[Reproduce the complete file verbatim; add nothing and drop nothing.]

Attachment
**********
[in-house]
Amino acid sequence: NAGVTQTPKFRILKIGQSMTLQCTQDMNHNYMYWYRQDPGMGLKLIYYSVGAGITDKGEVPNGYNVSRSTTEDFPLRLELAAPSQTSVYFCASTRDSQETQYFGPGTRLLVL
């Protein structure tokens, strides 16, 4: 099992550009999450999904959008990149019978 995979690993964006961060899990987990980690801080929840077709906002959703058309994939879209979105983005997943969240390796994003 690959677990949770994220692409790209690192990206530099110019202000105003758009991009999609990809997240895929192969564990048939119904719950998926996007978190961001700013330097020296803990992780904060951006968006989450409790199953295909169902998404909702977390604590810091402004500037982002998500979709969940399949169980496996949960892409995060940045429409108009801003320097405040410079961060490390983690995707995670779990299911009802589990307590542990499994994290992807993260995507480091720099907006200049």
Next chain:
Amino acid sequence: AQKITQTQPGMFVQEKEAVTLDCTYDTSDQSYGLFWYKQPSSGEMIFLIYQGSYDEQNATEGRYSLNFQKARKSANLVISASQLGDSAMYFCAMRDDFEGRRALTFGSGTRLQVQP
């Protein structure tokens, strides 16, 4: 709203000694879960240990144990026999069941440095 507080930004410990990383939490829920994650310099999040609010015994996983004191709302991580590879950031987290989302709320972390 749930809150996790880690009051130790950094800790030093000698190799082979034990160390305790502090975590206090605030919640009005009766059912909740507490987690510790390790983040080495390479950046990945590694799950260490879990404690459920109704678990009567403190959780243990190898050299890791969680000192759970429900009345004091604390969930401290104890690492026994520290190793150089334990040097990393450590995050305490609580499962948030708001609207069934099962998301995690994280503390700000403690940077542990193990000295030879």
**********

[in-house]
Amino acid sequence: NAGVTQTPKFRILKIGQSMTLQCTQDMNHNYMYWYRQDPGMGLKLIYYSVGAGITDKGEVPNGYNVSRSTTEDFPLRLELAAPSQTSVYFCASTRDSQETQYFGPGTRLLVL
């Protein structure tokens, strides 16, 4: 099992550009999450999904959008990149019978 995979690993964006961060899990987990980690801080929840077709906002959703058309994939879209979105983005997943969240390796994003 690959677990949770994220692409790209690192990206530099110019202000105003758009991009999609990809997240895929192969564990048939119904719950998926996007978190961001700013330097020296803990992780904060951006968006989450409790199953295909169902998404909702977390604590810091402004500037982002998500979709969940399949169980496996949960892409995060940045429409108009801003320097405040410079961060490390983690995707995670779990299911009802589990307590542990499994994290992807993260995507480091720099907006200049």
Next chain:
Amino acid sequence: AQKITQTQPGMFVQEKEAVTLDCTYDTSDQSYGLFWYKQPSSGEMIFLIYQGSYDEQNATEGRYSLNFQKARKSANLVISASQLGDSAMYFCAMRDDFEGRRALTFGSGTRLQVQP
């Protein structure tokens, strides 16, 4: 709203000694879960240990144990026999069941440095 507080930004410990990383939490829920994650310099999040609010015994996983004191709302991580590879950031987290989302709320972390 749930809150996790880690009051130790950094800790030093000698190799082979034990160390305790502090975590206090605030919640009005009766059912909740507490987690510790390790983040080495390479950046990945590694799950260490879990404690459920109704678990009567403190959780243990190898050299890791969680000192759970429900009345004091604390969930401290104890690492026994520290190793150089334990040097990393450590995050305490609580499962948030708001609207069934099962998301995690994280503390700000403690940077542990193990000295030879």